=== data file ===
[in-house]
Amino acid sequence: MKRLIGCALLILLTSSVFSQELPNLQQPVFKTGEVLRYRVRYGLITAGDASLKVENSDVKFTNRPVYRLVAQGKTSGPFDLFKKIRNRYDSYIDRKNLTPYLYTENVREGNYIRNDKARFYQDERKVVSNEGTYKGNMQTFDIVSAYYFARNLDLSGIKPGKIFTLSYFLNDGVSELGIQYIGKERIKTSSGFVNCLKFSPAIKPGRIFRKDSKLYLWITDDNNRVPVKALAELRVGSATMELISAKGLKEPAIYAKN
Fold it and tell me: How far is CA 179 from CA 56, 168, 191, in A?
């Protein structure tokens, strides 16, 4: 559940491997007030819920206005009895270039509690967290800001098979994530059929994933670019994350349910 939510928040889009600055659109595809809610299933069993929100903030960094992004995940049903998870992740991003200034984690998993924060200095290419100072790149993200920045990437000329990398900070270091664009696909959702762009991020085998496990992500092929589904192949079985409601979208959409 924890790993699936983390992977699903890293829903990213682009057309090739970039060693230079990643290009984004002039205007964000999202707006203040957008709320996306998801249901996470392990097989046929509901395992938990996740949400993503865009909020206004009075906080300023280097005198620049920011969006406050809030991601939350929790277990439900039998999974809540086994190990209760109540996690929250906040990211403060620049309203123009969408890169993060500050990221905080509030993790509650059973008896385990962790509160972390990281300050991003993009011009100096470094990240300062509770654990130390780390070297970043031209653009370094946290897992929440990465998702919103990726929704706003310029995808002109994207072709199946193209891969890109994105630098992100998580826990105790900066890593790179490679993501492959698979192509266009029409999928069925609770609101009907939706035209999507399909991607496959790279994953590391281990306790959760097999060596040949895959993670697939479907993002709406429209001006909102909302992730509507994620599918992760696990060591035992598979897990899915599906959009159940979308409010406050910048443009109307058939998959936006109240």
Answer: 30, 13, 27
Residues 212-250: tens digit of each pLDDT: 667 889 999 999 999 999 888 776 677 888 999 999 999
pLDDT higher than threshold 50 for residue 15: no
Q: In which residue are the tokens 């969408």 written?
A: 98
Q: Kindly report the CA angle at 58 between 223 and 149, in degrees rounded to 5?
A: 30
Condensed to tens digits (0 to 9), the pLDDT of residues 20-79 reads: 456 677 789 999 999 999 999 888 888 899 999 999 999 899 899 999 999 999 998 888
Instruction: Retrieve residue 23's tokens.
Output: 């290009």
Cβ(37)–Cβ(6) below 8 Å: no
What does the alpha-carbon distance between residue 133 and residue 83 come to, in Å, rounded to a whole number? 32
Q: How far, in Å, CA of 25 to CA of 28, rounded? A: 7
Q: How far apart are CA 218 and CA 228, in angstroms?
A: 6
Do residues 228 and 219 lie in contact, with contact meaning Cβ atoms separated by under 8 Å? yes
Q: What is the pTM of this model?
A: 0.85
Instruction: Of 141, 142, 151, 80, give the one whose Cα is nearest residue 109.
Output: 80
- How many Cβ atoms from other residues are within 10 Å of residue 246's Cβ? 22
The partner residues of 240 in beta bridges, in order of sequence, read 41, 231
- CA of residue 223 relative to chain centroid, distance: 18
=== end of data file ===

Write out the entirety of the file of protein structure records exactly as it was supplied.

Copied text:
[in-house]
Amino acid sequence: MKRLIGCALLILLTSSVFSQELPNLQQPVFKTGEVLRYRVRYGLITAGDASLKVENSDVKFTNRPVYRLVAQGKTSGPFDLFKKIRNRYDSYIDRKNLTPYLYTENVREGNYIRNDKARFYQDERKVVSNEGTYKGNMQTFDIVSAYYFARNLDLSGIKPGKIFTLSYFLNDGVSELGIQYIGKERIKTSSGFVNCLKFSPAIKPGRIFRKDSKLYLWITDDNNRVPVKALAELRVGSATMELISAKGLKEPAIYAKN
Fold it and tell me: How far is CA 179 from CA 56, 168, 191, in A?
């Protein structure tokens, strides 16, 4: 559940491997007030819920206005009895270039509690967290800001098979994530059929994933670019994350349910 939510928040889009600055659109595809809610299933069993929100903030960094992004995940049903998870992740991003200034984690998993924060200095290419100072790149993200920045990437000329990398900070270091664009696909959702762009991020085998496990992500092929589904192949079985409601979208959409 924890790993699936983390992977699903890293829903990213682009057309090739970039060693230079990643290009984004002039205007964000999202707006203040957008709320996306998801249901996470392990097989046929509901395992938990996740949400993503865009909020206004009075906080300023280097005198620049920011969006406050809030991601939350929790277990439900039998999974809540086994190990209760109540996690929250906040990211403060620049309203123009969408890169993060500050990221905080509030993790509650059973008896385990962790509160972390990281300050991003993009011009100096470094990240300062509770654990130390780390070297970043031209653009370094946290897992929440990465998702919103990726929704706003310029995808002109994207072709199946193209891969890109994105630098992100998580826990105790900066890593790179490679993501492959698979192509266009029409999928069925609770609101009907939706035209999507399909991607496959790279994953590391281990306790959760097999060596040949895959993670697939479907993002709406429209001006909102909302992730509507994620599918992760696990060591035992598979897990899915599906959009159940979308409010406050910048443009109307058939998959936006109240």
Answer: 30, 13, 27
Residues 212-250: tens digit of each pLDDT: 667 889 999 999 999 999 888 776 677 888 999 999 999
pLDDT higher than threshold 50 for residue 15: no
Q: In which residue are the tokens 């969408």 written?
A: 98
Q: Kindly report the CA angle at 58 between 223 and 149, in degrees rounded to 5?
A: 30
Condensed to tens digits (0 to 9), the pLDDT of residues 20-79 reads: 456 677 789 999 999 999 999 888 888 899 999 999 999 899 899 999 999 999 998 888
Instruction: Retrieve residue 23's tokens.
Output: 């290009």
Cβ(37)–Cβ(6) below 8 Å: no
What does the alpha-carbon distance between residue 133 and residue 83 come to, in Å, rounded to a whole number? 32
Q: How far, in Å, CA of 25 to CA of 28, rounded? A: 7
Q: How far apart are CA 218 and CA 228, in angstroms?
A: 6
Do residues 228 and 219 lie in contact, with contact meaning Cβ atoms separated by under 8 Å? yes
Q: What is the pTM of this model?
A: 0.85
Instruction: Of 141, 142, 151, 80, give the one whose Cα is nearest residue 109.
Output: 80
- How many Cβ atoms from other residues are within 10 Å of residue 246's Cβ? 22
The partner residues of 240 in beta bridges, in order of sequence, read 41, 231
- CA of residue 223 relative to chain centroid, distance: 18